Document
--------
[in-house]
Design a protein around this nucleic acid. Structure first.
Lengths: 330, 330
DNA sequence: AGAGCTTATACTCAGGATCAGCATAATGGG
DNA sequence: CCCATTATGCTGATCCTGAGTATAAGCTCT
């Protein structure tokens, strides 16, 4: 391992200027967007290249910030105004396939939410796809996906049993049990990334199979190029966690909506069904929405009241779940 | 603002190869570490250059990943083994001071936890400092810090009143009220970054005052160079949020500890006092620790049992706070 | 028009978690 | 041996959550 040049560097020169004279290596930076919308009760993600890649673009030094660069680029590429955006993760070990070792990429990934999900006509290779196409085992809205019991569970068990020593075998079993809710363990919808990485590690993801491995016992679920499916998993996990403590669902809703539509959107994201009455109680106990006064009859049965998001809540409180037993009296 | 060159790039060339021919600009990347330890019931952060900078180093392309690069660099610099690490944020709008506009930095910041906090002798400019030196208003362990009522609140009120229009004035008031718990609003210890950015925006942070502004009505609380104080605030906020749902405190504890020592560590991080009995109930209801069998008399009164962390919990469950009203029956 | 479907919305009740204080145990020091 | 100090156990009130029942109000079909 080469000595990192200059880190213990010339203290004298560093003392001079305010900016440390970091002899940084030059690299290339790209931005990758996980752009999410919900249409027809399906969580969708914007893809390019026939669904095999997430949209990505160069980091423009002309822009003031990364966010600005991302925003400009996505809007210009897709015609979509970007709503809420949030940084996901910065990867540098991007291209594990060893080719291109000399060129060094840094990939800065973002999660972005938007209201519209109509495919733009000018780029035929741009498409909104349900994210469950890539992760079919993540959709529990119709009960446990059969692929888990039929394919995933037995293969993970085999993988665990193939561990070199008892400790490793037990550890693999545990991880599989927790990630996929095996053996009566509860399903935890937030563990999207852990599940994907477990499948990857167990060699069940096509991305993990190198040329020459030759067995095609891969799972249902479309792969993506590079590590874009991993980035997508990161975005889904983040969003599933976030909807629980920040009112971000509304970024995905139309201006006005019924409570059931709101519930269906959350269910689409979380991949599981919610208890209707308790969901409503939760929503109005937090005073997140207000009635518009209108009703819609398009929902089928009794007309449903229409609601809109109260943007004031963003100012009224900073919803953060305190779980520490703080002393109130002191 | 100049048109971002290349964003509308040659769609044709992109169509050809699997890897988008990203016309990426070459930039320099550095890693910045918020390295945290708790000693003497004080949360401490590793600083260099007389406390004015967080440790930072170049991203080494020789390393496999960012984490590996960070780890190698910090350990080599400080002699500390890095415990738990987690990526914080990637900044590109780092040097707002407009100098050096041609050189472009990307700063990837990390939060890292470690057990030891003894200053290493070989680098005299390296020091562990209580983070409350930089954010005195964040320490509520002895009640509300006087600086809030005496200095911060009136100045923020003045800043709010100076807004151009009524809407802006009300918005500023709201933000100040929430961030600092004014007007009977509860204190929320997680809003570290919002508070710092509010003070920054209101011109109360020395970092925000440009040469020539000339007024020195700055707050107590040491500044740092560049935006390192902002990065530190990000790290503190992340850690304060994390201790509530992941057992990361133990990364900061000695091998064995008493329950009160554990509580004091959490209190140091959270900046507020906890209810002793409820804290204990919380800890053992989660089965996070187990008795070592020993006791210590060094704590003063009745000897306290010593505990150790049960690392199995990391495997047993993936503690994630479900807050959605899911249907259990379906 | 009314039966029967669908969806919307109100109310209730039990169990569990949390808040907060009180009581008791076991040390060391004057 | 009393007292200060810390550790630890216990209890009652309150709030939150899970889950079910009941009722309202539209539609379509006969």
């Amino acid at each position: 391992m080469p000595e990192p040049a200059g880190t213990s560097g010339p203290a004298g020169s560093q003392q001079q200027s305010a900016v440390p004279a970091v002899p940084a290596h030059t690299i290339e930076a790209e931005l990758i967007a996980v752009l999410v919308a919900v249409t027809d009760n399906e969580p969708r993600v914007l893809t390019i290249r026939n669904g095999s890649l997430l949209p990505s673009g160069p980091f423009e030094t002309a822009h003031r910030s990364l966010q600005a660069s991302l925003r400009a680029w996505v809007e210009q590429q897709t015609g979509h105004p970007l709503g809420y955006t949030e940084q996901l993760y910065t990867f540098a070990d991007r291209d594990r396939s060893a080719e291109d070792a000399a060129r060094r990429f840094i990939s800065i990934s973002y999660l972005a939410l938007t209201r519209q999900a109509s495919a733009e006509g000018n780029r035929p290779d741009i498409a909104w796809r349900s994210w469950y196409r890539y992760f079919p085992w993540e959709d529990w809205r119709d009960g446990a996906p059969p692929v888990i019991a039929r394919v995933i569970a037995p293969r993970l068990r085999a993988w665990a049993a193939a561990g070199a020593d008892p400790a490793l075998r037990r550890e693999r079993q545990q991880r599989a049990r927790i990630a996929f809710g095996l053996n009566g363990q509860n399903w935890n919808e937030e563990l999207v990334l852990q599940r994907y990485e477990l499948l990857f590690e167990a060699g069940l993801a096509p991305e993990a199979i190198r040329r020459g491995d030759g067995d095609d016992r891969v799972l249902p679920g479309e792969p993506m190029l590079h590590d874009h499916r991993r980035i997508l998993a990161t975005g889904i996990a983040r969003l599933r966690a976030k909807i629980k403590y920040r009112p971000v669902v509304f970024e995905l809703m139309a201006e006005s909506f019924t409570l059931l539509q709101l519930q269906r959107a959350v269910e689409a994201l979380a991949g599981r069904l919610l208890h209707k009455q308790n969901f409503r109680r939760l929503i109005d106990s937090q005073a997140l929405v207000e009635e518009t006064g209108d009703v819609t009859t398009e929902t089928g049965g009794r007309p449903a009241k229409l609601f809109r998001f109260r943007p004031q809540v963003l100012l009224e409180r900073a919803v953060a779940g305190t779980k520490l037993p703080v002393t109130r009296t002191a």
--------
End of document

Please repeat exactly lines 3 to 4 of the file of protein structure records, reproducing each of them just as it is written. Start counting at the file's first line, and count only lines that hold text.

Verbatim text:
Lengths: 330, 330
DNA sequence: AGAGCTTATACTCAGGATCAGCATAATGGG